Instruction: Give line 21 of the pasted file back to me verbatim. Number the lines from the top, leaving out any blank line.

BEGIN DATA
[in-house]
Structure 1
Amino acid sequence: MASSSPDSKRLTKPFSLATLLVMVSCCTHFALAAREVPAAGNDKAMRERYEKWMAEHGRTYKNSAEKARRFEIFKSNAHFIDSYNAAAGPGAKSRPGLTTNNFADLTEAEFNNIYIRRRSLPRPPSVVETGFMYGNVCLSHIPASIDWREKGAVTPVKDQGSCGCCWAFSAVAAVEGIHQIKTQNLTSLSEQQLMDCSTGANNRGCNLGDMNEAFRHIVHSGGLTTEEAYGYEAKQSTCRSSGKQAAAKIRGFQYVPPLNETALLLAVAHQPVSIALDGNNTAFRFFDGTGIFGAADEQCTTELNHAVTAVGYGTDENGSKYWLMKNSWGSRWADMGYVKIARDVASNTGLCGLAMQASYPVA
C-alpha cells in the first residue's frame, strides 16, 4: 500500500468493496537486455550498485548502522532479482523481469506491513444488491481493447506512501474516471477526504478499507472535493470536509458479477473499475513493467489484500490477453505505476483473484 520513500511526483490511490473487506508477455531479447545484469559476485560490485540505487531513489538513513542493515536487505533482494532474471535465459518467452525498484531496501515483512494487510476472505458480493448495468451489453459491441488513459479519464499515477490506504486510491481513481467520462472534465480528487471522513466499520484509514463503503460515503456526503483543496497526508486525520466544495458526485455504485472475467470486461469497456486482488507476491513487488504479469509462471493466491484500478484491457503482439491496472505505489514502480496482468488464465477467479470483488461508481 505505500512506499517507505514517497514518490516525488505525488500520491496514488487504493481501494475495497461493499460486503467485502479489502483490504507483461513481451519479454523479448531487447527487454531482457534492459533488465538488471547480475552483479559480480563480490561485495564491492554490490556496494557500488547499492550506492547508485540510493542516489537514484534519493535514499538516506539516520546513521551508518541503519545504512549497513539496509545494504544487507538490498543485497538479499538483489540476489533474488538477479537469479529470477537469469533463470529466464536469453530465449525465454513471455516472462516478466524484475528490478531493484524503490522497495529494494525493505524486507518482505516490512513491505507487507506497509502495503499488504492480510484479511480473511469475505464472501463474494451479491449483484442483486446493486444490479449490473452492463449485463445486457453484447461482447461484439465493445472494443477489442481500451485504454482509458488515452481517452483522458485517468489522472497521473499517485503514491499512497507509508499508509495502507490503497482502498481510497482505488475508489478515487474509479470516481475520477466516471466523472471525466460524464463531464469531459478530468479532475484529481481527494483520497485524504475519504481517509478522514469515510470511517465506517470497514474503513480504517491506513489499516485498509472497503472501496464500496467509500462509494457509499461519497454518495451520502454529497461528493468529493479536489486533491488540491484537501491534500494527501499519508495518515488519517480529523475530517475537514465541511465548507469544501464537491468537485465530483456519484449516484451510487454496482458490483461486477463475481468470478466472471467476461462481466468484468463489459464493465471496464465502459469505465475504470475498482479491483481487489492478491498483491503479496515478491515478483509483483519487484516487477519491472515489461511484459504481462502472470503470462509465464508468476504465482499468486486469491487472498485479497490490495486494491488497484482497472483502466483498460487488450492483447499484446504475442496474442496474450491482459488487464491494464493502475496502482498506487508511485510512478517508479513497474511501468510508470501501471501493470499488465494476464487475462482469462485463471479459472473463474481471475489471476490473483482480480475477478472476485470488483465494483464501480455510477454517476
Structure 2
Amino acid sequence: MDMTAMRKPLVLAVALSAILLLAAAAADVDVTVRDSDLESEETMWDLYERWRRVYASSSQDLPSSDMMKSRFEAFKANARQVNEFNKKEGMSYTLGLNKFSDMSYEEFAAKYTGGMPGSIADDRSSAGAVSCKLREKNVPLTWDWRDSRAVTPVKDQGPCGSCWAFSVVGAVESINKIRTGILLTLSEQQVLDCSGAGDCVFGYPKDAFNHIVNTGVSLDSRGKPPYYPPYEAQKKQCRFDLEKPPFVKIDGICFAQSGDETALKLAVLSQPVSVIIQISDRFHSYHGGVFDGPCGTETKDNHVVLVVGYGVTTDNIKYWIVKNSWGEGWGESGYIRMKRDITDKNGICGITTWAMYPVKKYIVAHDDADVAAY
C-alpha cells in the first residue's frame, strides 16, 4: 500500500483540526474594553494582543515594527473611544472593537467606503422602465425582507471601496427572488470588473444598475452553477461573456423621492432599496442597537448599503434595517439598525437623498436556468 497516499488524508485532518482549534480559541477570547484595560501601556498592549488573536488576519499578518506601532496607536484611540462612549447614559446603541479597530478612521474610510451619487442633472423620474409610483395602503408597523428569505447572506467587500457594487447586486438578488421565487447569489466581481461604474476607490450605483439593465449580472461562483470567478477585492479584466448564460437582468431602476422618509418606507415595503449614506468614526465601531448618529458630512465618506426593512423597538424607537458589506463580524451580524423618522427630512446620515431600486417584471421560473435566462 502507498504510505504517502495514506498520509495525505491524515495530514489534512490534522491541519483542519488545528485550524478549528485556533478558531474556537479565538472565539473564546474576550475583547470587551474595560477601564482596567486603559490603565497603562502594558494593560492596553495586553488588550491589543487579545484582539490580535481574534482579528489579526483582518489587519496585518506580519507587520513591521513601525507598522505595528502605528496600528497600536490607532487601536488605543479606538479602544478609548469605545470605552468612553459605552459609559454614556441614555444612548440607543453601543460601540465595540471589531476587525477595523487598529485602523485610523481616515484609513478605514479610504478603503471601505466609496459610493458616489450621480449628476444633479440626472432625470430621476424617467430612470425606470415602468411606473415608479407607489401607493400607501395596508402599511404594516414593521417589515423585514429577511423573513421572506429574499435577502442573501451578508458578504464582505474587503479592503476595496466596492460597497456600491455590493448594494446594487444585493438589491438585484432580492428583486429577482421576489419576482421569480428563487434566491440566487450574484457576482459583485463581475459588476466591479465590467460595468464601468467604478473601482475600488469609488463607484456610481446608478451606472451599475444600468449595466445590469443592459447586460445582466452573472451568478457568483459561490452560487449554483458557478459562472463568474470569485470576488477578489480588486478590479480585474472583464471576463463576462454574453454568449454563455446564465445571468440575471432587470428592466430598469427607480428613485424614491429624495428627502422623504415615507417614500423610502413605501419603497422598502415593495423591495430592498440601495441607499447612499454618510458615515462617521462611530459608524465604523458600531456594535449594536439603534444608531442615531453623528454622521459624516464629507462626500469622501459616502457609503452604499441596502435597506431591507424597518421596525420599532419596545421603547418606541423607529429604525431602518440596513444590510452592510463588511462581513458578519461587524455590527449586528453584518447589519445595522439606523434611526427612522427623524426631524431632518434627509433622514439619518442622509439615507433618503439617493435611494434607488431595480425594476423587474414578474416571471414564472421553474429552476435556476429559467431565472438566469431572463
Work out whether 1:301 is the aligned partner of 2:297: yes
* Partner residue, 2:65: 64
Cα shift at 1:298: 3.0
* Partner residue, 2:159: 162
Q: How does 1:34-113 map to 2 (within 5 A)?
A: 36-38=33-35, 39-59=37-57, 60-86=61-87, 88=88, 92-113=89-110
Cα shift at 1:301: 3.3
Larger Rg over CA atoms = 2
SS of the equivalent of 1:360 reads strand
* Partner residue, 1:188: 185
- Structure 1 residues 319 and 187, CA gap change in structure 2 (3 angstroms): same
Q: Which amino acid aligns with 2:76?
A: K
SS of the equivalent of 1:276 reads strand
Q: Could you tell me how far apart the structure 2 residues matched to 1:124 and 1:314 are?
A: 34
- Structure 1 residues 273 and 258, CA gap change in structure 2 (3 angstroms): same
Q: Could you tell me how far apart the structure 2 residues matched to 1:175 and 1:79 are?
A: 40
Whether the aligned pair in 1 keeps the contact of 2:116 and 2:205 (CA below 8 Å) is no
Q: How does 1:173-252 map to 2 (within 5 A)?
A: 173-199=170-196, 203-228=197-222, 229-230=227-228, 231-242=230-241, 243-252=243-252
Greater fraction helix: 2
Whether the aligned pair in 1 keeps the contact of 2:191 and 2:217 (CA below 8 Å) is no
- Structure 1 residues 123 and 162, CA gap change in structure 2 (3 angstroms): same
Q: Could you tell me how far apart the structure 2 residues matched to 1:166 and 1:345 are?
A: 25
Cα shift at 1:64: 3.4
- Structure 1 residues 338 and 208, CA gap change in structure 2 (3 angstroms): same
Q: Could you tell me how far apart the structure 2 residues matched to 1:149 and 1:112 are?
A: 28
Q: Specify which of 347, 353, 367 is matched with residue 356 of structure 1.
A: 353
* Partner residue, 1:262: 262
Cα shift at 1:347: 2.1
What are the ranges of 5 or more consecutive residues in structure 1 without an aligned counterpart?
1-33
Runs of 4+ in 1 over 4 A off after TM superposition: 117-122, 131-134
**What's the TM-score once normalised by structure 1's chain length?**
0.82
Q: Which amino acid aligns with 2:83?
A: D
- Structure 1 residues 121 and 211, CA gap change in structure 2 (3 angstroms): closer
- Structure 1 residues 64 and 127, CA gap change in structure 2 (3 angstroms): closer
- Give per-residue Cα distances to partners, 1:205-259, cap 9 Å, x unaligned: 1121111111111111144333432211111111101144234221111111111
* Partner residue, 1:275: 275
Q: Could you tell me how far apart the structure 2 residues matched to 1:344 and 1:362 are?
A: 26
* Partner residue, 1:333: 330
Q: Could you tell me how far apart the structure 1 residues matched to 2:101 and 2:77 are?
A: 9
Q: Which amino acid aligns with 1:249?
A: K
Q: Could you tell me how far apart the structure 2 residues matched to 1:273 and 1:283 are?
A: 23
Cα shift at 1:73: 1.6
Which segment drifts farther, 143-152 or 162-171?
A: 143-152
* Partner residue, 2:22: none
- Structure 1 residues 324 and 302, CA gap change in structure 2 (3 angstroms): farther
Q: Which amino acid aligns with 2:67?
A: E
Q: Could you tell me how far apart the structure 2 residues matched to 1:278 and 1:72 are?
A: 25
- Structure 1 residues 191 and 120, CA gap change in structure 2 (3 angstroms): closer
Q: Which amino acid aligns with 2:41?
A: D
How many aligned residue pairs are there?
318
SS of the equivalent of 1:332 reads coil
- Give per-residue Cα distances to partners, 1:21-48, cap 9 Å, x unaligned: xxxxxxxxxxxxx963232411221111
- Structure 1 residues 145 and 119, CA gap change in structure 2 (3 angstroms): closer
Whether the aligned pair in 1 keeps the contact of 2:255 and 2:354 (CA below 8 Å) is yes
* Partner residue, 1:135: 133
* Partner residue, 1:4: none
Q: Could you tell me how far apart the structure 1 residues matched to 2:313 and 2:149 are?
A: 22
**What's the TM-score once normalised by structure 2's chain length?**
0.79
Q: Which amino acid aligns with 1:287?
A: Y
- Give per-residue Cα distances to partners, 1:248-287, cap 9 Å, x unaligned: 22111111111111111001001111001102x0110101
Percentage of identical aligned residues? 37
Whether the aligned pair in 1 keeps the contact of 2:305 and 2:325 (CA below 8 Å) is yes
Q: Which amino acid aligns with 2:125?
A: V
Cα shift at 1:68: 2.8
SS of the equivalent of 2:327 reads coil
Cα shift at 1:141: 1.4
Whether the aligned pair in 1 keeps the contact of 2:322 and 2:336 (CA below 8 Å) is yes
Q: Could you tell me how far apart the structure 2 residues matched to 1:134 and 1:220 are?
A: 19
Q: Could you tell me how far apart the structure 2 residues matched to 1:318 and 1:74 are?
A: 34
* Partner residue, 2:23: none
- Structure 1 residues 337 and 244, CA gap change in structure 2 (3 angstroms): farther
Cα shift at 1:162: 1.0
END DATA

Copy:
SS of the equivalent of 1:276 reads strand